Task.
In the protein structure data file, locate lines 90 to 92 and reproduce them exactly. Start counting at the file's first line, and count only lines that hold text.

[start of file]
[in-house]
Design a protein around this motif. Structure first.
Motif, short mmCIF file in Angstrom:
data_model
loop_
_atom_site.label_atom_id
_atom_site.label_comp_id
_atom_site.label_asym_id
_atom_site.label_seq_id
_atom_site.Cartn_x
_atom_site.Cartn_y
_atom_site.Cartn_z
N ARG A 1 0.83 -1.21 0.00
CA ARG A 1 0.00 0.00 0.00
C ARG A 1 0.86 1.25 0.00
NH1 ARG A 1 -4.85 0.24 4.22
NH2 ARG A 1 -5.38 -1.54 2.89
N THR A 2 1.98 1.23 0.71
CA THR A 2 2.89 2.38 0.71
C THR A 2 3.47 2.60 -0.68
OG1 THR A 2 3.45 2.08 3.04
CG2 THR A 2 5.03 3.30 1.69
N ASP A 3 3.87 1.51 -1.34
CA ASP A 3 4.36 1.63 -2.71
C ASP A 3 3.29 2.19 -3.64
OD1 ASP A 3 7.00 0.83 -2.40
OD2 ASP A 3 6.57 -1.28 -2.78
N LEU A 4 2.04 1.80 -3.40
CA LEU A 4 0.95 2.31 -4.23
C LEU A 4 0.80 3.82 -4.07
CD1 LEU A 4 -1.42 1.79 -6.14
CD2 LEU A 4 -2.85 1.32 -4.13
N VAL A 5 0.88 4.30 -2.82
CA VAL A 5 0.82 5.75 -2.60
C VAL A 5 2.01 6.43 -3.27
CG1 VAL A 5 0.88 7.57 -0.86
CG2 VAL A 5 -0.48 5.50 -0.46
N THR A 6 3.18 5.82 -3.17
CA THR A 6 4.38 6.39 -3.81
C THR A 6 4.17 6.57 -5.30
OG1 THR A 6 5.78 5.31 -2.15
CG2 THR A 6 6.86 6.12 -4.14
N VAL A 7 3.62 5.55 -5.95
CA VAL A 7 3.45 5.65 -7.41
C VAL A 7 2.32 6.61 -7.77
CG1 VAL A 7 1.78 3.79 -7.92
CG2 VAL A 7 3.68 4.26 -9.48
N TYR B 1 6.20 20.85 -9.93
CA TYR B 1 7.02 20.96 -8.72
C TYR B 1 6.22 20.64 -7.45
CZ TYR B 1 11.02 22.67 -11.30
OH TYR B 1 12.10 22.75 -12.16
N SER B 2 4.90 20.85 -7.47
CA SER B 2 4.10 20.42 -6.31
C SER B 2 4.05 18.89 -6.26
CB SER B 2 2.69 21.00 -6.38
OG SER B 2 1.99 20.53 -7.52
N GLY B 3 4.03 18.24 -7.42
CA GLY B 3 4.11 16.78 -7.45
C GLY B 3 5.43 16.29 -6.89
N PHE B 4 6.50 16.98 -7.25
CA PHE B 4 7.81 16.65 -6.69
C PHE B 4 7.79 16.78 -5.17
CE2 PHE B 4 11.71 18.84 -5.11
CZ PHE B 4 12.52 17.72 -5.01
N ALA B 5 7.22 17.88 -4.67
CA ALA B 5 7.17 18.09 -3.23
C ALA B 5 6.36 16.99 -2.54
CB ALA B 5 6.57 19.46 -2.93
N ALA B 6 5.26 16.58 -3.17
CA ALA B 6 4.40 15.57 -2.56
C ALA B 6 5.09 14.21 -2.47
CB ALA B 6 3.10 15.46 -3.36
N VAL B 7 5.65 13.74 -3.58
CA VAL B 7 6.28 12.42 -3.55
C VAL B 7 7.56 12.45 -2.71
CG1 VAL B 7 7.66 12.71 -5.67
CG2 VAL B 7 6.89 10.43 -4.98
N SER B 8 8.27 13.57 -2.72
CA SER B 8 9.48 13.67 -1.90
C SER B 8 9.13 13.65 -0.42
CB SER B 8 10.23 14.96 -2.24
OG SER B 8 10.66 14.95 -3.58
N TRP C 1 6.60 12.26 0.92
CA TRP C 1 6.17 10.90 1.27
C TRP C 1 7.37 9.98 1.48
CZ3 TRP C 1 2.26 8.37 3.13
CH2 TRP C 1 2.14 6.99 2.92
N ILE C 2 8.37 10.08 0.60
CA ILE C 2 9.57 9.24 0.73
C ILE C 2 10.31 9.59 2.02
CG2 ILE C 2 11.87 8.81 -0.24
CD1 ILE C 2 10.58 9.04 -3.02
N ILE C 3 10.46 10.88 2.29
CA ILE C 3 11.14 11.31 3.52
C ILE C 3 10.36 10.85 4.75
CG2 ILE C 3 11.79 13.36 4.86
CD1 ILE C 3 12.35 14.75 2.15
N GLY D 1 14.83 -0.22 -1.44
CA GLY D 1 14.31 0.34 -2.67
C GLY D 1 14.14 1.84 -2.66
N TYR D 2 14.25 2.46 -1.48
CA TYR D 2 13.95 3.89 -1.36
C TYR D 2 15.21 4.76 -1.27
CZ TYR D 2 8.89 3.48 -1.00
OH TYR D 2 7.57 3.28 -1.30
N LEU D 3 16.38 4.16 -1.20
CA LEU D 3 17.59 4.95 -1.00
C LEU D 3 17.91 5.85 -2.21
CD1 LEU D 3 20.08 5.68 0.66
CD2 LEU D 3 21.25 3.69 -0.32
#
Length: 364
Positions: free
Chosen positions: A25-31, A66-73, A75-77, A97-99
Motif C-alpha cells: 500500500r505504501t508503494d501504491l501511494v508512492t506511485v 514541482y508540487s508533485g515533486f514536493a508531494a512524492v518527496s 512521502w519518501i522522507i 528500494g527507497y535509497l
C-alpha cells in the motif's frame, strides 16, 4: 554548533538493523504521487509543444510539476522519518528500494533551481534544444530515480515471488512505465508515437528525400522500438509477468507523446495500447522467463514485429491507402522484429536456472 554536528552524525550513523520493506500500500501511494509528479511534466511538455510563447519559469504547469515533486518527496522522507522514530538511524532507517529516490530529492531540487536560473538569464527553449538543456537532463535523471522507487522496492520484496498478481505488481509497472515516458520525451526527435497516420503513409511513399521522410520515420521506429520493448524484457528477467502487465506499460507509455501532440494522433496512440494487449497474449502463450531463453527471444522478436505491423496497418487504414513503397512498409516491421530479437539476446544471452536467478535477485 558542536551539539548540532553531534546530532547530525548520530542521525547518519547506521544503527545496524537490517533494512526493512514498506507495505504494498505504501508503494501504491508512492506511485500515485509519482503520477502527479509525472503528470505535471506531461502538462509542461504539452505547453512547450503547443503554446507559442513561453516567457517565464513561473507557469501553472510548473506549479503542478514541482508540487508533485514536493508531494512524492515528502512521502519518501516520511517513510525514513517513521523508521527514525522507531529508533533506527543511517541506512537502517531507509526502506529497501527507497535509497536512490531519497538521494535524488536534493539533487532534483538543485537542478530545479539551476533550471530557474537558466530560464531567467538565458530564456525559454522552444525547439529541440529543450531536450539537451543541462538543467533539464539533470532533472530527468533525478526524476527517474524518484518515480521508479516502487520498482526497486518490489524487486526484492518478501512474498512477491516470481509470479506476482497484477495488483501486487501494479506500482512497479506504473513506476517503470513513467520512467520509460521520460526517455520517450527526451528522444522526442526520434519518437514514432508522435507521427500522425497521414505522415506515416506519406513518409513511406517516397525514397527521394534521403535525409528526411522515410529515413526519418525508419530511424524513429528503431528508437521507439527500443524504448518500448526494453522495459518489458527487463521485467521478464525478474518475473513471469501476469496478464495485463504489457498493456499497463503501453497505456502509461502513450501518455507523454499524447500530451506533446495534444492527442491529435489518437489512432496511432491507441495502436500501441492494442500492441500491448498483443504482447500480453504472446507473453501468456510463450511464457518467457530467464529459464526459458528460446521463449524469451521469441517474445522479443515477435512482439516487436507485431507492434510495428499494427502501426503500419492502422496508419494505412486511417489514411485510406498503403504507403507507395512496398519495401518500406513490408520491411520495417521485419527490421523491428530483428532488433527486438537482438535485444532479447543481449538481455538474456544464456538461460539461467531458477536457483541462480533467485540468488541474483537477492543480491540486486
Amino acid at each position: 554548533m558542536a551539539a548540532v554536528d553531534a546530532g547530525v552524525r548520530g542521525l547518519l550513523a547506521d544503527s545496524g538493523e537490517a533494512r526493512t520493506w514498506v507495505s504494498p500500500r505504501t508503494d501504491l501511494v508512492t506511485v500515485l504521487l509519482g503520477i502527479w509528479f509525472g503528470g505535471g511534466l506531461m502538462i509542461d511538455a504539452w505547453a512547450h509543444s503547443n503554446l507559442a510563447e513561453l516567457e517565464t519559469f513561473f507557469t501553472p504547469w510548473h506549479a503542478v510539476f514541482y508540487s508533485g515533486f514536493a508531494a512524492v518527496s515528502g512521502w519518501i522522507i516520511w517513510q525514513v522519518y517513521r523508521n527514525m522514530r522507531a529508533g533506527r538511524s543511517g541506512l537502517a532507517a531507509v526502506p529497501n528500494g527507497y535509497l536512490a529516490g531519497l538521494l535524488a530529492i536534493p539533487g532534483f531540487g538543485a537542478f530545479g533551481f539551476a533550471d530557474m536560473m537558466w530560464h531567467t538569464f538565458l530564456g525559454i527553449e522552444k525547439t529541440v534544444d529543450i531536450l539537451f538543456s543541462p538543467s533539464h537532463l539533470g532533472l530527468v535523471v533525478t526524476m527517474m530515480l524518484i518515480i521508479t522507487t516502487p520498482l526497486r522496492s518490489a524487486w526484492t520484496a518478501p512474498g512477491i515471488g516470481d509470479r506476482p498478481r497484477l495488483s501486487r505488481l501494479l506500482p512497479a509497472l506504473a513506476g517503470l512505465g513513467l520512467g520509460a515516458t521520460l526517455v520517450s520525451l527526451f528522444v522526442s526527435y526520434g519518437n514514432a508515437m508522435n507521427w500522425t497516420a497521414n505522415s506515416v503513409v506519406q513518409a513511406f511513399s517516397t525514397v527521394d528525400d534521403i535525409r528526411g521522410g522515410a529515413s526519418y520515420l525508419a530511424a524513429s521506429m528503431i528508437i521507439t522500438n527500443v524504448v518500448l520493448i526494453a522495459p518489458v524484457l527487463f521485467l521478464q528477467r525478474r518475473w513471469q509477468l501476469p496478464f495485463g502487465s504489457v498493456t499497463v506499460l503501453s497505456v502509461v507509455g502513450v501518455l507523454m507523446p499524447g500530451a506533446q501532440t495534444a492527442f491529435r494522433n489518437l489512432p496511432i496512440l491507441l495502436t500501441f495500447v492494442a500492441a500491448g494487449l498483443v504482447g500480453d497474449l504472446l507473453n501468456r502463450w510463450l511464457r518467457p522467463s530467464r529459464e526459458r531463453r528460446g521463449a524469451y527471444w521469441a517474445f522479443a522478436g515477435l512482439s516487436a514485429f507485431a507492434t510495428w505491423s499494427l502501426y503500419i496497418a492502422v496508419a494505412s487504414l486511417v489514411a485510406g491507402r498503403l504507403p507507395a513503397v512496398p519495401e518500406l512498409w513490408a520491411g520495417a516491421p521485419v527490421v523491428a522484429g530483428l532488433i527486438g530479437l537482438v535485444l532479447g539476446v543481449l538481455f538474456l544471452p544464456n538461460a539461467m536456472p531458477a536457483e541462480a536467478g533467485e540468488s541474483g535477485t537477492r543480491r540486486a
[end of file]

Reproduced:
CA ILE C 2 9.57 9.24 0.73
C ILE C 2 10.31 9.59 2.02
CG2 ILE C 2 11.87 8.81 -0.24